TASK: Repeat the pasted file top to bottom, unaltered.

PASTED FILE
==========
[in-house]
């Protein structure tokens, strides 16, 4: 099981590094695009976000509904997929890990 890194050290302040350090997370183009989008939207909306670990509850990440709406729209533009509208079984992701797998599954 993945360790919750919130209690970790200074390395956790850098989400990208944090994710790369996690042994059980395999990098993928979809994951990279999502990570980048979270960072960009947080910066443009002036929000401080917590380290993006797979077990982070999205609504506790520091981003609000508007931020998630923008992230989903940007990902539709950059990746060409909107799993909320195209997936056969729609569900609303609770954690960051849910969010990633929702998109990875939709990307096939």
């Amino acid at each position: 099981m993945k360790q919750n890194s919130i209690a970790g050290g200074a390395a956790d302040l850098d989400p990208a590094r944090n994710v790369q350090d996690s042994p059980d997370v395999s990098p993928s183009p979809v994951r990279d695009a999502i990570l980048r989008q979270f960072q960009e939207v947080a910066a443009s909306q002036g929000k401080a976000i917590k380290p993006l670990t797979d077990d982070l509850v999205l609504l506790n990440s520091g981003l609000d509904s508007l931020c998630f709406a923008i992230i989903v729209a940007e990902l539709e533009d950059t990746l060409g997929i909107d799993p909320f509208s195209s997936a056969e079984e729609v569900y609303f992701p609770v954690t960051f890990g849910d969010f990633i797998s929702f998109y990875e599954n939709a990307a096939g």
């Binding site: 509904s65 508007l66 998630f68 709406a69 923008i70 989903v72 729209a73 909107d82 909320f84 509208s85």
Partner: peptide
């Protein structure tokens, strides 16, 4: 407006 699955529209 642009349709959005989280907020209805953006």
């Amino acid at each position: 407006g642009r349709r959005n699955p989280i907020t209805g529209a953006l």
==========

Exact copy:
[in-house]
């Protein structure tokens, strides 16, 4: 099981590094695009976000509904997929890990 890194050290302040350090997370183009989008939207909306670990509850990440709406729209533009509208079984992701797998599954 993945360790919750919130209690970790200074390395956790850098989400990208944090994710790369996690042994059980395999990098993928979809994951990279999502990570980048979270960072960009947080910066443009002036929000401080917590380290993006797979077990982070999205609504506790520091981003609000508007931020998630923008992230989903940007990902539709950059990746060409909107799993909320195209997936056969729609569900609303609770954690960051849910969010990633929702998109990875939709990307096939």
């Amino acid at each position: 099981m993945k360790q919750n890194s919130i209690a970790g050290g200074a390395a956790d302040l850098d989400p990208a590094r944090n994710v790369q350090d996690s042994p059980d997370v395999s990098p993928s183009p979809v994951r990279d695009a999502i990570l980048r989008q979270f960072q960009e939207v947080a910066a443009s909306q002036g929000k401080a976000i917590k380290p993006l670990t797979d077990d982070l509850v999205l609504l506790n990440s520091g981003l609000d509904s508007l931020c998630f709406a923008i992230i989903v729209a940007e990902l539709e533009d950059t990746l060409g997929i909107d799993p909320f509208s195209s997936a056969e079984e729609v569900y609303f992701p609770v954690t960051f890990g849910d969010f990633i797998s929702f998109y990875e599954n939709a990307a096939g």
């Binding site: 509904s65 508007l66 998630f68 709406a69 923008i70 989903v72 729209a73 909107d82 909320f84 509208s85």
Partner: peptide
């Protein structure tokens, strides 16, 4: 407006 699955529209 642009349709959005989280907020209805953006």
């Amino acid at each position: 407006g642009r349709r959005n699955p989280i907020t209805g529209a953006l």